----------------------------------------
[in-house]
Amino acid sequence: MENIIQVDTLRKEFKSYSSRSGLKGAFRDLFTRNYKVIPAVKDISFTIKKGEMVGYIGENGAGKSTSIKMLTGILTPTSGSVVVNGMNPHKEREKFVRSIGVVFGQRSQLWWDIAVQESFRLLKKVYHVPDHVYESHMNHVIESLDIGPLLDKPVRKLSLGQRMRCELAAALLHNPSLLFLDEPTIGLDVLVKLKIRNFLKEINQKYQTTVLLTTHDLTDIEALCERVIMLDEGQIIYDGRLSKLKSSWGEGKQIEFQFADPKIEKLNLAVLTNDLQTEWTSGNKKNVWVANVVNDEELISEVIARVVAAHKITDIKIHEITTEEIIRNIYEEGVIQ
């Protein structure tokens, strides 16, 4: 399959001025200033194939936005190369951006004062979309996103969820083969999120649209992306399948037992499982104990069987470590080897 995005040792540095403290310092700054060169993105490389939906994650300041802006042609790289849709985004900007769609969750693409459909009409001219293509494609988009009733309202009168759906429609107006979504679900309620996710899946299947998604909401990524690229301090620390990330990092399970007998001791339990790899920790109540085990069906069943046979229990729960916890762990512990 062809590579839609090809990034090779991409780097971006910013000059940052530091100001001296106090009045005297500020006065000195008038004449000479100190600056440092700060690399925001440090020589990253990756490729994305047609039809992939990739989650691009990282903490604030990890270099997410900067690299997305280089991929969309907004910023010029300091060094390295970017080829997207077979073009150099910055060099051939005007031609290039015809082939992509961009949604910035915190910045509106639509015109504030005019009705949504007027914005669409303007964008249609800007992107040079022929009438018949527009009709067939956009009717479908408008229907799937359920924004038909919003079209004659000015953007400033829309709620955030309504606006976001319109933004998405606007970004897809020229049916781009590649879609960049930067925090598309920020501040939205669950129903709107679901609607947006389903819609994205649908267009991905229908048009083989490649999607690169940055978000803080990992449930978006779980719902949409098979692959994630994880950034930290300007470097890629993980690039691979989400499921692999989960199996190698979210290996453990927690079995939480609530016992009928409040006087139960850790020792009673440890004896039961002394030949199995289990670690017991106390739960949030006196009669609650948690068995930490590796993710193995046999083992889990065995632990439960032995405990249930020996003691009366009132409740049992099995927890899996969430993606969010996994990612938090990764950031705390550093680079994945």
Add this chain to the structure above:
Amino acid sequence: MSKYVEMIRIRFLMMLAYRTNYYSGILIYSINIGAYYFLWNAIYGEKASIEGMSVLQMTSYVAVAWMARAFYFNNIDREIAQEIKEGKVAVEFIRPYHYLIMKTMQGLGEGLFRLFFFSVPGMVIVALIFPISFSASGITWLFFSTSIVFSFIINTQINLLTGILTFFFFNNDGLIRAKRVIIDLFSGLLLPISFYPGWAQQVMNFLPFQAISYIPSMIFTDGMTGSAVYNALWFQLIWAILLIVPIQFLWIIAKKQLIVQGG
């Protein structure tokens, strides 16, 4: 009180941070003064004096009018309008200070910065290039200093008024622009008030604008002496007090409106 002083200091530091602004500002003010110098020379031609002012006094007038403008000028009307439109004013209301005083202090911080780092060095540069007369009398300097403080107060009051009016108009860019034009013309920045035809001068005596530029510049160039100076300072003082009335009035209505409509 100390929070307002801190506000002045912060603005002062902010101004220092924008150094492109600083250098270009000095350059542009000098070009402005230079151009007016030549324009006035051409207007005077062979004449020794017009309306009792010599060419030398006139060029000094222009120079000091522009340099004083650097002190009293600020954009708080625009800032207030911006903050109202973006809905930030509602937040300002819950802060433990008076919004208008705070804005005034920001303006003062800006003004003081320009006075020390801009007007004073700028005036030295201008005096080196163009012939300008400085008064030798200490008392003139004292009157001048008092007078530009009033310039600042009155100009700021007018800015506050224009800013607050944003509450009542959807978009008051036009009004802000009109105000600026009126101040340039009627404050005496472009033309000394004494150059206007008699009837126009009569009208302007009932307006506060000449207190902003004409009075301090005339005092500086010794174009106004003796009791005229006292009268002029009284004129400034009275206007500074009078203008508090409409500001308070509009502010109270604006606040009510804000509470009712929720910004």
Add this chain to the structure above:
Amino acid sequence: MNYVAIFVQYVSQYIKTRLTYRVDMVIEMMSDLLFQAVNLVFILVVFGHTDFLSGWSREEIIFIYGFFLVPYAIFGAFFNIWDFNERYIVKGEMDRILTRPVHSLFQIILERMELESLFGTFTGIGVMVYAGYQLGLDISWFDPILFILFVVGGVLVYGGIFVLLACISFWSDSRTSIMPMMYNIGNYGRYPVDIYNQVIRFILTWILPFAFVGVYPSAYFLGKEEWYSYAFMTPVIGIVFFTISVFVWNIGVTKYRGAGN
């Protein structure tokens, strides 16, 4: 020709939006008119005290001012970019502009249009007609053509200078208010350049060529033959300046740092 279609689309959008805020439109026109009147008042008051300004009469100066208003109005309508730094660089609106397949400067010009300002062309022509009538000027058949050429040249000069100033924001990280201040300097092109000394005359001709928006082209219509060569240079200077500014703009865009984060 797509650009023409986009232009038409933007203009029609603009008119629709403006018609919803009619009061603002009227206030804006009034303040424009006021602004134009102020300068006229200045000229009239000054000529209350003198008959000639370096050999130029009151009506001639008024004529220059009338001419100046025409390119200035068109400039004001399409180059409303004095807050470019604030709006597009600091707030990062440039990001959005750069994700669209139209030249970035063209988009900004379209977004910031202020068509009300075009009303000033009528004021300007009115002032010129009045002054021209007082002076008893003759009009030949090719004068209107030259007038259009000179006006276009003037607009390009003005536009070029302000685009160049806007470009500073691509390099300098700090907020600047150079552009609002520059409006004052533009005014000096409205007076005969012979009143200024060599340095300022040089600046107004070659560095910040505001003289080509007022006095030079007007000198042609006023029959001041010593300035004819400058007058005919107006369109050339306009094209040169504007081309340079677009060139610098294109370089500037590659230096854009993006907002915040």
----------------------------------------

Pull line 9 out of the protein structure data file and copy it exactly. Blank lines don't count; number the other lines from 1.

């Protein structure tokens, strides 16, 4: 020709939006008119005290001012970019502009249009007609053509200078208010350049060529033959300046740092 279609689309959008805020439109026109009147008042008051300004009469100066208003109005309508730094660089609106397949400067010009300002062309022509009538000027058949050429040249000069100033924001990280201040300097092109000394005359001709928006082209219509060569240079200077500014703009865009984060 797509650009023409986009232009038409933007203009029609603009008119629709403006018609919803009619009061603002009227206030804006009034303040424009006021602004134009102020300068006229200045000229009239000054000529209350003198008959000639370096050999130029009151009506001639008024004529220059009338001419100046025409390119200035068109400039004001399409180059409303004095807050470019604030709006597009600091707030990062440039990001959005750069994700669209139209030249970035063209988009900004379209977004910031202020068509009300075009009303000033009528004021300007009115002032010129009045002054021209007082002076008893003759009009030949090719004068209107030259007038259009000179006006276009003037607009390009003005536009070029302000685009160049806007470009500073691509390099300098700090907020600047150079552009609002520059409006004052533009005014000096409205007076005969012979009143200024060599340095300022040089600046107004070659560095910040505001003289080509007022006095030079007007000198042609006023029959001041010593300035004819400058007058005919107006369109050339306009094209040169504007081309340079677009060139610098294109370089500037590659230096854009993006907002915040």